Issue link: http://publications.seas.virginia.edu/i/193554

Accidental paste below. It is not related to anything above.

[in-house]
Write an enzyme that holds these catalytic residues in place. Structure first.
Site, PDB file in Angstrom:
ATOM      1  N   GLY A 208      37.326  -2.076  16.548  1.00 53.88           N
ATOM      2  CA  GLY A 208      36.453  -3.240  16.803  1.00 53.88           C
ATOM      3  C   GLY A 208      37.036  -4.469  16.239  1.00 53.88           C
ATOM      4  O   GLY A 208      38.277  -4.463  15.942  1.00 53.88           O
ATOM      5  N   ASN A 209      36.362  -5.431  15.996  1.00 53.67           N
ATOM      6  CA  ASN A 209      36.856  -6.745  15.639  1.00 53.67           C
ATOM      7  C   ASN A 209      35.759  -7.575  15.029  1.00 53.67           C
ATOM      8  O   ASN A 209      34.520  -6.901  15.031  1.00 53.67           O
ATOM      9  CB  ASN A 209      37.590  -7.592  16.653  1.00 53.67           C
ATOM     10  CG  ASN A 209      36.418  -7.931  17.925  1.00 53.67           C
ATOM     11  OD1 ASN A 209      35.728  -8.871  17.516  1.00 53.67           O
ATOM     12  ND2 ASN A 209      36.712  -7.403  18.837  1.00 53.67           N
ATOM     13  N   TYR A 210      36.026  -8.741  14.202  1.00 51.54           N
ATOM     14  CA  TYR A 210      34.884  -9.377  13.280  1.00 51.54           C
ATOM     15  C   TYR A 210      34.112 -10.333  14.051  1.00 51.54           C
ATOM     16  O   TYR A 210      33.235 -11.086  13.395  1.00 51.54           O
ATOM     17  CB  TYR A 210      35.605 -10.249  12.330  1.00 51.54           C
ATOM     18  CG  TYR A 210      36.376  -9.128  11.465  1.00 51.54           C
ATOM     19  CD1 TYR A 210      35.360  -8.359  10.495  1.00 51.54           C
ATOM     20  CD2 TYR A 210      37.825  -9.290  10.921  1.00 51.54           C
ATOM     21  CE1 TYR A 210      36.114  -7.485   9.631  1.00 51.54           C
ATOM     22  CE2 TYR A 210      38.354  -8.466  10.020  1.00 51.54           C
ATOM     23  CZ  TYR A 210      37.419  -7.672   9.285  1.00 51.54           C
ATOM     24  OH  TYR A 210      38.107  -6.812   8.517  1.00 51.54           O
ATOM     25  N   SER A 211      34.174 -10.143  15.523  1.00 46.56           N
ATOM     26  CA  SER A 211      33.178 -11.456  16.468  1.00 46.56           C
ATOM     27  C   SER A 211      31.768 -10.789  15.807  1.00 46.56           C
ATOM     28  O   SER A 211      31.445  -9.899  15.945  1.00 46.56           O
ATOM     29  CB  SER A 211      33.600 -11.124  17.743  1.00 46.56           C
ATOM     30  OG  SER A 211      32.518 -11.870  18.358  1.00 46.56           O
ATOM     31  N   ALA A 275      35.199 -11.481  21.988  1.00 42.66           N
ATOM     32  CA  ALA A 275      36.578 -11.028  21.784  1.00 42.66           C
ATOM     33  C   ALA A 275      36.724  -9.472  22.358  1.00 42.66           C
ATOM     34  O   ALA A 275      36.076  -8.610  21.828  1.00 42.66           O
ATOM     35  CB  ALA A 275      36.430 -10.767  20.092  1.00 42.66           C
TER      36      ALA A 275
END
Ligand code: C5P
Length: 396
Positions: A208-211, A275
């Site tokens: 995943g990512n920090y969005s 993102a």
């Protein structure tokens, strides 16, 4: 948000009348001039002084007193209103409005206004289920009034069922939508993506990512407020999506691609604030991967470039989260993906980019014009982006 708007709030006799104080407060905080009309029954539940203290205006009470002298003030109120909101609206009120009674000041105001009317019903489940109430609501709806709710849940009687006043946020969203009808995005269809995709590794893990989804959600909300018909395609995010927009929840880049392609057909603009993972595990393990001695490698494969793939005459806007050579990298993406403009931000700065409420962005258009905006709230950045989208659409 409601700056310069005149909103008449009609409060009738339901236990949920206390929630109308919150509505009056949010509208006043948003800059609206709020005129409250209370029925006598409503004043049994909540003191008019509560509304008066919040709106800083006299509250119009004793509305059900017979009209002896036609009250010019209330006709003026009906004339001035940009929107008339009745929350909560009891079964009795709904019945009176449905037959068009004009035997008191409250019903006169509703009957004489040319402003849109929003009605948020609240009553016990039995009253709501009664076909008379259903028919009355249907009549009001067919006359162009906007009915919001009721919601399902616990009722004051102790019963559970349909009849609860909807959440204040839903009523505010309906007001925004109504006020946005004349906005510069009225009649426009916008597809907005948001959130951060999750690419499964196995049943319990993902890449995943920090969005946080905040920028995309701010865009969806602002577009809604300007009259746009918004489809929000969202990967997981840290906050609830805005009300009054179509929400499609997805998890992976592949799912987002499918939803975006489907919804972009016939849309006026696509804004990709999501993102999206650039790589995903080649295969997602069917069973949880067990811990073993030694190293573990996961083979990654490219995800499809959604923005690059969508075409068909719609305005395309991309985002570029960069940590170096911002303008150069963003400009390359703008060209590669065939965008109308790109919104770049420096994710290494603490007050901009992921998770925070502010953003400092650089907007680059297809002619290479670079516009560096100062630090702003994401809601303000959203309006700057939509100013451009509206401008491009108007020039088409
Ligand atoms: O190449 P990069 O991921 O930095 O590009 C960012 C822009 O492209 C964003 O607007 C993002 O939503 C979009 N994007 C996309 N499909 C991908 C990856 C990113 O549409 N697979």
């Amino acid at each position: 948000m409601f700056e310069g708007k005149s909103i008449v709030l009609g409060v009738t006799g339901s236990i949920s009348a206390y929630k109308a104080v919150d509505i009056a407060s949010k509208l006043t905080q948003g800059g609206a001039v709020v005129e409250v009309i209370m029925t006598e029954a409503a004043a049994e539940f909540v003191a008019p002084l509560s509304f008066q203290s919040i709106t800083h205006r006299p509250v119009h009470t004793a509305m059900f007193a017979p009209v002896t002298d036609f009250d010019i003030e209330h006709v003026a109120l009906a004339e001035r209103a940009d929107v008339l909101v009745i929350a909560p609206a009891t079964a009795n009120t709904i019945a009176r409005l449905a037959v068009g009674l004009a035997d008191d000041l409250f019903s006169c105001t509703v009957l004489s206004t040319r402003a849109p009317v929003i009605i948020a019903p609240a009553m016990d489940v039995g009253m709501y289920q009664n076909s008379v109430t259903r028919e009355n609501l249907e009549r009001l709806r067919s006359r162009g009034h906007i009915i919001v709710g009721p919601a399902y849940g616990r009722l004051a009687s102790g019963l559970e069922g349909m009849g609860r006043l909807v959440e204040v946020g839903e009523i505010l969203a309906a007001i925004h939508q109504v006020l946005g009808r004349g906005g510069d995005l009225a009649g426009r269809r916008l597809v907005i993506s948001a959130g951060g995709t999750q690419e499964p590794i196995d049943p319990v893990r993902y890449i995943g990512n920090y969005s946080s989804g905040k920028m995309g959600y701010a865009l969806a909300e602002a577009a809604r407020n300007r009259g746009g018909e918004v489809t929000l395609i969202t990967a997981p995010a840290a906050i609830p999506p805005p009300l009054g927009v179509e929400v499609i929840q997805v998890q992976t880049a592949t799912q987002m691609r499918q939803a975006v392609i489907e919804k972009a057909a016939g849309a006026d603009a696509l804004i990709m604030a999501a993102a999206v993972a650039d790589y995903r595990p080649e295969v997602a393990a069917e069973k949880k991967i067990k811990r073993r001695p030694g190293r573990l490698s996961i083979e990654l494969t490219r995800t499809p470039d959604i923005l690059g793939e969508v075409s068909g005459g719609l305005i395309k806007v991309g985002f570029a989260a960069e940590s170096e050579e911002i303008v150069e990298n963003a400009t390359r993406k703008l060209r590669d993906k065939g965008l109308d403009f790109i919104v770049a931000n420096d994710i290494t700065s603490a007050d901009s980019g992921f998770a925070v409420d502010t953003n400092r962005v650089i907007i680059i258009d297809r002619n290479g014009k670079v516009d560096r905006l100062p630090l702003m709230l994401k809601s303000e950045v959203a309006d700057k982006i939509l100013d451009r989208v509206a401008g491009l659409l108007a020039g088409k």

Commonw e a lt h C e n t e r s The two Commonwealth Centers that have emerged from the Rolls-Royce partnership provide a focal point for Engineering School research. Undergraduates Max Newman (left) and Jane Hawkins are working with Rolls-Royce Commonwealth Professor Eric Loth to devise a method to prevent particles from being sucked into jet engines. particle-free flow A gas turbine's voracious appetite for air — the source of its tremendous power — can also be a source of vulnerability, especially in dusty conditions. In these circumstances, the particle-laden air it pulls through its inlet can scour its compressor blades and other engine parts. This creates expensive maintenance and inventory problems, especially for helicopters. With funding from the Commonwealth Center for Aerospace Propulsion Systems (CCAPS), Rolls-Royce Commonwealth Professor Eric Loth is trying to understand the routes that particles take as they are pulled into the engine. His goal is to develop strategies to divert them without impeding airflow. "There is a lot of fluid and particle dynamics that goes into their movement," Loth says. "We've devised new techniques to measure this flow that have revealed how unsteady and three-dimensional it is." Previous attempts to separate the particles were limited because they were based on the assumption that the flow is two-dimensional and steady. Loth's new insight only highlights the difficulty of the challenge. "Pulling out the 6 large particles will be relatively easy," he says. "Our goal is to find ways to extract the small particles, which gets progressively harder as they approach molecular size." The project has benefited, from both research and educational perspectives, from the high level of engagement that Rolls-Royce and its project manager, Philip Snyder, have displayed. "Phil is deeply involved in the project and effectively serves as joint supervisor for my graduate students," Loth says. "They're getting a lot of wonderful, real-world feedback that would be difficult for them to get otherwise." One student recently completed a doctoral degree. The CCAPS-sponsored project has also had an impact on undergraduate education. Loth has had five undergraduates helping on the project thus far, providing an ideal opportunity for them to get a strong sense of how actual research differs from the lab experiments they do for class. "This work is much more complicated, much more sophisticated and much more relevant," Loth says. "There's a whole company — Rolls-Royce — that cares about what they discover."